“Cork didn’t believe anyone was purely and simply anything. All human beings, it seemed to him, were a collection of conflicting impulses stuffed into one skin, trying somehow to find peace. Death was certainly one way.”
William Kent Krueger’s Blood Hollow involves religion--murderous religion and healing religion.
Someone kills a teenaged girl who leaves a New Year’s Eve party on her snowmobile. She ends up unconscious in the snow as the murderer sits and watches her freeze to death. All the while, the murderer gorges on snacks and sandwiches.
Cork O'Connor’s wife Jo agrees to defend the prime suspect Solemn Winter Moon. Cork, the former Tamarack County, Minnesota, sheriff, will investigate the murder for the defense.
Solemn is the young woman’s ex-boyfriend. She broke up with him when she took up with another (perhaps married) man. The people of Tamarack County know Solemn as a troublemaker who broke into the local Catholic church, urinated in the baptismal font, and left angry graffiti.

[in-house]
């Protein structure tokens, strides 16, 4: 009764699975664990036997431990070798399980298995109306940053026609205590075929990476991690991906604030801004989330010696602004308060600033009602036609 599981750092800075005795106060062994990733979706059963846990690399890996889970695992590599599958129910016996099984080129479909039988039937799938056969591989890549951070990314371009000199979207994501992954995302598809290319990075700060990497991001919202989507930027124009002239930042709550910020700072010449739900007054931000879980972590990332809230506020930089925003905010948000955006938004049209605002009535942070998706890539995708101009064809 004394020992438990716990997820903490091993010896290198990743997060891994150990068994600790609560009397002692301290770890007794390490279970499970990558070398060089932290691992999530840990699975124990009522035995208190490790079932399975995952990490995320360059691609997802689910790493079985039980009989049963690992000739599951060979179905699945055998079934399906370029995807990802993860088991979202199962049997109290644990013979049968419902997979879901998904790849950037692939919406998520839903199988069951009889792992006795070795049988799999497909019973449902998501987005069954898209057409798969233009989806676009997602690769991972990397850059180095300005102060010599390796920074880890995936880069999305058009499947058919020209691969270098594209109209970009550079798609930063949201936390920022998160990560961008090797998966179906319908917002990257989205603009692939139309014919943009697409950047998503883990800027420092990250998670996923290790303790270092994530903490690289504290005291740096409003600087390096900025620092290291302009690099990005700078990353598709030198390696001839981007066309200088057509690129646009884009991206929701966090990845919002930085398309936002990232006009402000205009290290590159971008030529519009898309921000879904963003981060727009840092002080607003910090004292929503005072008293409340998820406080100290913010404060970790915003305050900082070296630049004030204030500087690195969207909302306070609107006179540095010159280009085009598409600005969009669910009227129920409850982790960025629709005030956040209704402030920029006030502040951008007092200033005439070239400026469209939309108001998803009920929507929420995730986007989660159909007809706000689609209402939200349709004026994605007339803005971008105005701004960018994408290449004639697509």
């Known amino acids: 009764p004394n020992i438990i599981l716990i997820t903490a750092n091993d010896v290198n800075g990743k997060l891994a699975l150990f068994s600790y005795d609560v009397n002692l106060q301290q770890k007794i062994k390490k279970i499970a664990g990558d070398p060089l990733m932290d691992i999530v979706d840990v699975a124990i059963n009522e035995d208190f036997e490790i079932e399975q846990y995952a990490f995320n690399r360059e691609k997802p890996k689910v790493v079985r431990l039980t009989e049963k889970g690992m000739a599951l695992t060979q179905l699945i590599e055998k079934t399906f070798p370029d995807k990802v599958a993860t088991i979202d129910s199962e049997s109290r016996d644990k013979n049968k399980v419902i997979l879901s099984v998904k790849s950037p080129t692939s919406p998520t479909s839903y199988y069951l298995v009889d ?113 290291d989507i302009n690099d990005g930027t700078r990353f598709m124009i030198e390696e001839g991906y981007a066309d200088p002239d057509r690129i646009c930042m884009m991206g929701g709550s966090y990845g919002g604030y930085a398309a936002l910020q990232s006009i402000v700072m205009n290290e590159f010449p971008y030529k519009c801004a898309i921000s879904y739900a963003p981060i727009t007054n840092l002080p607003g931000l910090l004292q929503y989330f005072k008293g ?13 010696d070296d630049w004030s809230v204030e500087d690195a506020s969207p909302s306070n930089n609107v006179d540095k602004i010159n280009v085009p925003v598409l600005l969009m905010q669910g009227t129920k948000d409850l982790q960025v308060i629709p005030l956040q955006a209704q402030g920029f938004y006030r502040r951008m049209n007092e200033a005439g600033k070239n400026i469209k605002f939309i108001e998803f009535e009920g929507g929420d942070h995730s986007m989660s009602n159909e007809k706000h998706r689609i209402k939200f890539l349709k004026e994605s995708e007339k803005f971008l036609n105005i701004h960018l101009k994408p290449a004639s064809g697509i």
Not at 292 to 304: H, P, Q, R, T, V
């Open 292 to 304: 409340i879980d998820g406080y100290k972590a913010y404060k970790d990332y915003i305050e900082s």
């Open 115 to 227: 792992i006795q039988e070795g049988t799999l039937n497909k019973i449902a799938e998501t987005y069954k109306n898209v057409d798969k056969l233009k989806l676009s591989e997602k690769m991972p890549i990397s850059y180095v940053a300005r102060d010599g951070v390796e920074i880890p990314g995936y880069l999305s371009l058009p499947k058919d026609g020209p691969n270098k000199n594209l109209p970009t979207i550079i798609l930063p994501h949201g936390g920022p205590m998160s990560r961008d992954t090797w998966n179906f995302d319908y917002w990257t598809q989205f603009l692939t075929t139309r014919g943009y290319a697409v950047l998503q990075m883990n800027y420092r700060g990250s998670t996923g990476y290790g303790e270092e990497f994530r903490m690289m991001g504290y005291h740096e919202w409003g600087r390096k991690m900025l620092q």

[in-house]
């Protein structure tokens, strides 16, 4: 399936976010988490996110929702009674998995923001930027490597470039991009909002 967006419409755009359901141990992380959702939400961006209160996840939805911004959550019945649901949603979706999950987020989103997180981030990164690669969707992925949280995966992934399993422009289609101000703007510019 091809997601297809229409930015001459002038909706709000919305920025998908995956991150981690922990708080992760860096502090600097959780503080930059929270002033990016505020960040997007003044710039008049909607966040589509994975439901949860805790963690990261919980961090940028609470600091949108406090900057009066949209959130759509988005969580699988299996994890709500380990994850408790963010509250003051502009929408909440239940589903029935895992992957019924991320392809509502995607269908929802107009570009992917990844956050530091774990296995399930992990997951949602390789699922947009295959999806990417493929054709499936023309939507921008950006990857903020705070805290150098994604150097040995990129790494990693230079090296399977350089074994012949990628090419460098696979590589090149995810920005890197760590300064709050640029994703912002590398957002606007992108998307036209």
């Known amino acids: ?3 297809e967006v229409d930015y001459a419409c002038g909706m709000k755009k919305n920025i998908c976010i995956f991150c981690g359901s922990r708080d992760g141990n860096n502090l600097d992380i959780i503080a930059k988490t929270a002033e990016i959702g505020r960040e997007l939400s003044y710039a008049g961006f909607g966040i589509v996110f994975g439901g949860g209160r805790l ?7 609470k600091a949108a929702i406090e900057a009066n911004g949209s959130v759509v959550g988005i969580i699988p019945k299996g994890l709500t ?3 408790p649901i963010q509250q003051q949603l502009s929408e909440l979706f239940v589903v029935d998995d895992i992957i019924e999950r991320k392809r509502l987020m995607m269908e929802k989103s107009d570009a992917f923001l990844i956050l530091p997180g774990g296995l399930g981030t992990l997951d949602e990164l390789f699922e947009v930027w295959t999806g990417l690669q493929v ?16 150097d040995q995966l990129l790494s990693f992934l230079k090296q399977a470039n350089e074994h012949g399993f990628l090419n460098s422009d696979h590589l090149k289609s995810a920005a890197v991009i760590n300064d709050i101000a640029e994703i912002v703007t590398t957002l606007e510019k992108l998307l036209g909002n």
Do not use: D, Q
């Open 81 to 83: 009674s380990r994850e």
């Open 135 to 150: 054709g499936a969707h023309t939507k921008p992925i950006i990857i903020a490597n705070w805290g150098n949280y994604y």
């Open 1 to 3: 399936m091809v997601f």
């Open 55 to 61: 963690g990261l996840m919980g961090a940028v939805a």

But when Cork puts Solemn in touch with Henry Meloux, one of the Midewiwin, a member of the Grand Council of the Medicine Society of Ojibwe tribe, things change.
Solemn has a startling vision. He talks to Jesus. Though he ends up in jail awaiting charges, Solemn becomes known as a miracle worker, a healer. That reputation almost destroys him.
Solemn’s connection with Henry and his earlier time with the now dead Sam Winter Moon helped heal the young man.
Cork purses the killer, uncovers strange facts about the victim and her family, and struggles with his own painful feelings about the Roman Catholic church. He also uncovers an insane distortion of religion, a distortion that has led to serial murder.
As is often the case with the Cork O’Connor books, Blood Hollow has a tragic but fulfilling close.